"Easy," she said, tossing her silky-blonde hair, nonchalently. "Frosty Nosedrop in Accounts who should only have received the Delivery Note also received the software. You want me to email him?"
The email message system sprang open before me, unpleasantly blinking in over urgent readiness.
"No!" I replied edgily, "I'll get it myself - It'll be a pleasure to put him in his place - if you're right!"
She was right. Nosedrop, a slightly built, nervous and mildly unassertive man claimed to me that he had been waiting months for Purchasing and Procurement to arrange him a stress relief course. And when the software had landed on his desk, he'd thought it was for him. Unfortunately, he had little knowledge, training or practical experience using computers and despite working long extra hours into the night he'd completely failed to make it work. The effort had left him shattered and even more disillusioned than before. Naturally, I made sure that my complaint considerably added to his distress and, by the time I left, he was visibly shaking.
Now I've never been one to hold a grudge and in consequence of his discomfort, when I got back to Purchasing and Procurement, I brought his case right to the top of my pile. The course I chose was brilliant. It was just right for him and met all his needs with an immediate start date. What a stroke! The course was to take place in a beautifully restful, if mountainous, terrain. By day, he and his fellow students (mostly from the military admittedly) would be living off the land survival training amongst rock strewn crags. At night, huddled in a small shared log cabin, they would sharpen their programming skills with an advanced course in UNIX. Invigorating, bonding, motivating and mentally toughening. He'd live again!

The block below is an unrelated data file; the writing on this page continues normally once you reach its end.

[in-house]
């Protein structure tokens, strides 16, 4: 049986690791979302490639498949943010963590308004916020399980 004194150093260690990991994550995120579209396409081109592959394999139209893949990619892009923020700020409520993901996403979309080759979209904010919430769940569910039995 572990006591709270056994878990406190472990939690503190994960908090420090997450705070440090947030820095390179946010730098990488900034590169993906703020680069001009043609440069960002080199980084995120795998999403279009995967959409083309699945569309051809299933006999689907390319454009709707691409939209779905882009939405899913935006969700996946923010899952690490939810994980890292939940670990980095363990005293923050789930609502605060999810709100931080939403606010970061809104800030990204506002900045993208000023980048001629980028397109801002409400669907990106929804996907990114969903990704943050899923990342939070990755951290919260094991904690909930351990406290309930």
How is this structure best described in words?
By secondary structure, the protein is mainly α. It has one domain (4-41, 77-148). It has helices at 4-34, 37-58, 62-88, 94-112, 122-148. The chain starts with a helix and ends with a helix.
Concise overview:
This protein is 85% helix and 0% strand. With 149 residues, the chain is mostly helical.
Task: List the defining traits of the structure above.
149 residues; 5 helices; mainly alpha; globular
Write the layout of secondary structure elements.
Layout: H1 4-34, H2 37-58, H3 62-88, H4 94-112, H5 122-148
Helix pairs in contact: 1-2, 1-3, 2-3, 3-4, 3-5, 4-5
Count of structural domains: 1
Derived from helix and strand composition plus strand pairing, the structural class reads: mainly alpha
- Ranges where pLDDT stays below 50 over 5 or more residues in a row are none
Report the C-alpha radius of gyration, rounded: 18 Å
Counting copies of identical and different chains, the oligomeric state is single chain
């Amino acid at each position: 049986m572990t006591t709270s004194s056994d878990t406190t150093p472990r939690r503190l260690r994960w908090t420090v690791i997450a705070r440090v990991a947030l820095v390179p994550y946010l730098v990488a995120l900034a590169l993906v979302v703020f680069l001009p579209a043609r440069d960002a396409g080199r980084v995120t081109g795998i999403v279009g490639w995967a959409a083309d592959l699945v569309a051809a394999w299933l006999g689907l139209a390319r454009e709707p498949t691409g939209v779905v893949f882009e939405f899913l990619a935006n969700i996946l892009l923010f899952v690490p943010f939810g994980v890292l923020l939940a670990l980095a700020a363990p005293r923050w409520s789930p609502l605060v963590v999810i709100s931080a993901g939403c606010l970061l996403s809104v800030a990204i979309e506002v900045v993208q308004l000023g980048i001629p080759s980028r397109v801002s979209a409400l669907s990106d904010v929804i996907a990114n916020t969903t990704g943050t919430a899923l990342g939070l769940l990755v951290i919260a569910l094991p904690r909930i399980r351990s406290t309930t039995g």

And then, when he got back, I reflected happily (if he got back), he'd be all primed up so that he'd be able to get stuck into the software stress package again. Sometimes days just go so well that life feels great!
So it was with an inner feeling of warmth and bonhomie that I dropped the order into the Director of Purchasing and Procurement and strolled, at an appropriately leisurely speed, off to lunch.
Later, when I returned to my office - my little blonde helper was gone. So was my desk and computer. The office was empty apart from a note pinned to the notice board from the Director of Purchasing and Procurement. It congratulated me for locating the lost software and:
"In view of your interest in computing and stress relief, I've put you on the same course as Nosedrop! See you next month - enjoy! Signed The Director."
I tried to get in to see him but his computerised diary noted in large letters that he was unavailable for the next few days ... and the source of the message ... LIVVY!The End
Copyright of this short story Rob Hopcott 1999 - 2006, All rights reserved. All characters are fictitious and no reference is intended to any person living or otherwise.